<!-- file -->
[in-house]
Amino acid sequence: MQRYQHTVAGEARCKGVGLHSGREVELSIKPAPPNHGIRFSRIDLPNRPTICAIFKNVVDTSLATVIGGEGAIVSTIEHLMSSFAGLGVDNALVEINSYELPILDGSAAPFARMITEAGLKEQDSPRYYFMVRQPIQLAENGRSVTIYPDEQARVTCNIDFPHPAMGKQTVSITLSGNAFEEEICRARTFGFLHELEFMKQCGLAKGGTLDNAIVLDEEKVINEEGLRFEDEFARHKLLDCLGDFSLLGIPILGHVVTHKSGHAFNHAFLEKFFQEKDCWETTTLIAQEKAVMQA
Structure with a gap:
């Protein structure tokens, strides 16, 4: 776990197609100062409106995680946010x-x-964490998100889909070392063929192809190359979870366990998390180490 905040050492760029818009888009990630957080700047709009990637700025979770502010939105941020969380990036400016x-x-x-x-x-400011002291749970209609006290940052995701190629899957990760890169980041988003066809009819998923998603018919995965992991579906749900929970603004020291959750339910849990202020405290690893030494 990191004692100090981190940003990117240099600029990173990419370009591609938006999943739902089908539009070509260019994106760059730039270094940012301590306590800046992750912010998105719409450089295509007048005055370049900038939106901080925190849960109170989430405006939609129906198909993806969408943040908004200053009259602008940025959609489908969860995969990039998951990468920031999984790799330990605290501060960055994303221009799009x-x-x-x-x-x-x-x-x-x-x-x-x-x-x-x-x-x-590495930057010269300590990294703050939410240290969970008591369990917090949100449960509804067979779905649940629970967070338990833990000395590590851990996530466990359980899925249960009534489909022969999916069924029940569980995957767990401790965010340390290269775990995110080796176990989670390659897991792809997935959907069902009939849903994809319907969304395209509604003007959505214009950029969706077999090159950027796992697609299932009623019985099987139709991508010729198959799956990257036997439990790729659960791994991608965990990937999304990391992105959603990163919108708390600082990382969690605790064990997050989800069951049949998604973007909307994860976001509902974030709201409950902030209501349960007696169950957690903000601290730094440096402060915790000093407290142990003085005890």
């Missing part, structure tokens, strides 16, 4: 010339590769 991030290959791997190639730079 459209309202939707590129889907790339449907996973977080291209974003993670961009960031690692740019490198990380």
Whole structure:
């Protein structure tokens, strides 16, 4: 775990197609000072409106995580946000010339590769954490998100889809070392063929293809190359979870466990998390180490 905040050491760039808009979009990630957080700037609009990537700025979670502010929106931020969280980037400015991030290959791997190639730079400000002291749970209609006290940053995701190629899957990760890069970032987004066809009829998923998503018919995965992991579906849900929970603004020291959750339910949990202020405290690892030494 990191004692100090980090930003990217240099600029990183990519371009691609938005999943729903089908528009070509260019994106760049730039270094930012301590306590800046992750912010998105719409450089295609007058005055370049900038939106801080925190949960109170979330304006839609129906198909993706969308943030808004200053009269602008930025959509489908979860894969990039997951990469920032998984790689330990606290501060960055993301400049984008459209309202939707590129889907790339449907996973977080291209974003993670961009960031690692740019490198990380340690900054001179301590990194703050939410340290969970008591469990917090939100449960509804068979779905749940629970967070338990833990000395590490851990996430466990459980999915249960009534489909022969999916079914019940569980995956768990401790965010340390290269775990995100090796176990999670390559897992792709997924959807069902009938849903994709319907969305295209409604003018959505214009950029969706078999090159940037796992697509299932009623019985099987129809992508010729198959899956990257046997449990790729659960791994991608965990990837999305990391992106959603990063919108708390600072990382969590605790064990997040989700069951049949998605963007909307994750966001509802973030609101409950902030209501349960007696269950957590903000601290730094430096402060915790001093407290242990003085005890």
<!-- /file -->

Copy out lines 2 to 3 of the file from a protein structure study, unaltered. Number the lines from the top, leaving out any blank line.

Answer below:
Amino acid sequence: MQRYQHTVAGEARCKGVGLHSGREVELSIKPAPPNHGIRFSRIDLPNRPTICAIFKNVVDTSLATVIGGEGAIVSTIEHLMSSFAGLGVDNALVEINSYELPILDGSAAPFARMITEAGLKEQDSPRYYFMVRQPIQLAENGRSVTIYPDEQARVTCNIDFPHPAMGKQTVSITLSGNAFEEEICRARTFGFLHELEFMKQCGLAKGGTLDNAIVLDEEKVINEEGLRFEDEFARHKLLDCLGDFSLLGIPILGHVVTHKSGHAFNHAFLEKFFQEKDCWETTTLIAQEKAVMQA
Structure with a gap: